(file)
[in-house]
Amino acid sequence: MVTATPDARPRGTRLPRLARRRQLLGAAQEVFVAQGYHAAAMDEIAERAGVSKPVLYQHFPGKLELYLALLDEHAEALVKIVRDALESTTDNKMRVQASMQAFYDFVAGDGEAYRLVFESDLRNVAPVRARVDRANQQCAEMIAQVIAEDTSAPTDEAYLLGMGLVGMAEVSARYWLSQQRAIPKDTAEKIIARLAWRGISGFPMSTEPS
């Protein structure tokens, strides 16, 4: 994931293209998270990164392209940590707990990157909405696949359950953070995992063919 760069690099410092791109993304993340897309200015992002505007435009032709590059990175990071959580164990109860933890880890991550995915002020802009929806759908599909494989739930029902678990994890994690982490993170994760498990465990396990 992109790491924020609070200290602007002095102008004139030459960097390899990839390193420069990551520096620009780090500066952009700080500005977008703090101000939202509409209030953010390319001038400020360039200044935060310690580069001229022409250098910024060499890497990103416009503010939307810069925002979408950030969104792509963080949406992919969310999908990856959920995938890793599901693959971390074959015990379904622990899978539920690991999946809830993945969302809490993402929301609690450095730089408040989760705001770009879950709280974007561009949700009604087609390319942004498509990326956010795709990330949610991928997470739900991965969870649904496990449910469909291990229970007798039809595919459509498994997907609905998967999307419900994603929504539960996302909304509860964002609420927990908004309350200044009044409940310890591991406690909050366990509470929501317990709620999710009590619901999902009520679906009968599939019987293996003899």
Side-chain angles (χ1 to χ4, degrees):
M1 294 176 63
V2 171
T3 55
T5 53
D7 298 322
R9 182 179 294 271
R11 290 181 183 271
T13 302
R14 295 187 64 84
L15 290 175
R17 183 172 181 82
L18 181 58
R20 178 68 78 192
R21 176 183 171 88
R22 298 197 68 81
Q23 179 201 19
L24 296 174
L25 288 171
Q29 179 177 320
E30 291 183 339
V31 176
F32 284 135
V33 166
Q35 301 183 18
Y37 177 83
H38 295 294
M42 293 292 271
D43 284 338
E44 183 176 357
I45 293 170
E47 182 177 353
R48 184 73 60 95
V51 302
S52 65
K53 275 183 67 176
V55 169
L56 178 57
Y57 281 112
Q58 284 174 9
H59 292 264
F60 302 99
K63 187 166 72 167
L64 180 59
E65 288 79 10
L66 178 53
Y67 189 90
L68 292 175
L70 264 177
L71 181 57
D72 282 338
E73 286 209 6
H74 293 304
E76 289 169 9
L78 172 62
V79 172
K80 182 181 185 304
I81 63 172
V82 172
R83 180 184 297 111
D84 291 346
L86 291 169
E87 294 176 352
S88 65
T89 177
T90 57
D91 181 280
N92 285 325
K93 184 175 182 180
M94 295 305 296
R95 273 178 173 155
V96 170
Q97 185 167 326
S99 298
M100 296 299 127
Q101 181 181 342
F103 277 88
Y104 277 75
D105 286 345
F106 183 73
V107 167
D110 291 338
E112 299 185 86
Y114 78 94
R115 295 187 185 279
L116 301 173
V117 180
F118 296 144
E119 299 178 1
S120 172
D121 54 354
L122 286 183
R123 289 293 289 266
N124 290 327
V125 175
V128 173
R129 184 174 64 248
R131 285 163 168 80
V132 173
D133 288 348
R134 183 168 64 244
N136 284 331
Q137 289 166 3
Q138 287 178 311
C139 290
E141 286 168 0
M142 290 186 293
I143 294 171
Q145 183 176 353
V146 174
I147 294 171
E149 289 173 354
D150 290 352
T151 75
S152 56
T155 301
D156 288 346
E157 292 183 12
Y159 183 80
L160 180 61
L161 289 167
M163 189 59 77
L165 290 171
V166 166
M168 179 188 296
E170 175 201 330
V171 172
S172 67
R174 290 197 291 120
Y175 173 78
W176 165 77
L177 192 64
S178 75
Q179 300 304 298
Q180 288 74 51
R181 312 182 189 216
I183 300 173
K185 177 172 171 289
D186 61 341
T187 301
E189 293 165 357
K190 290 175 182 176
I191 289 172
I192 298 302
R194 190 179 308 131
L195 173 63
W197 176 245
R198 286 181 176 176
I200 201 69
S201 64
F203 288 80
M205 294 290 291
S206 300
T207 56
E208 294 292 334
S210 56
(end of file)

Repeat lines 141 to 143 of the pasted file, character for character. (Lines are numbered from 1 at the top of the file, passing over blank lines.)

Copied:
K185 177 172 171 289
D186 61 341
T187 301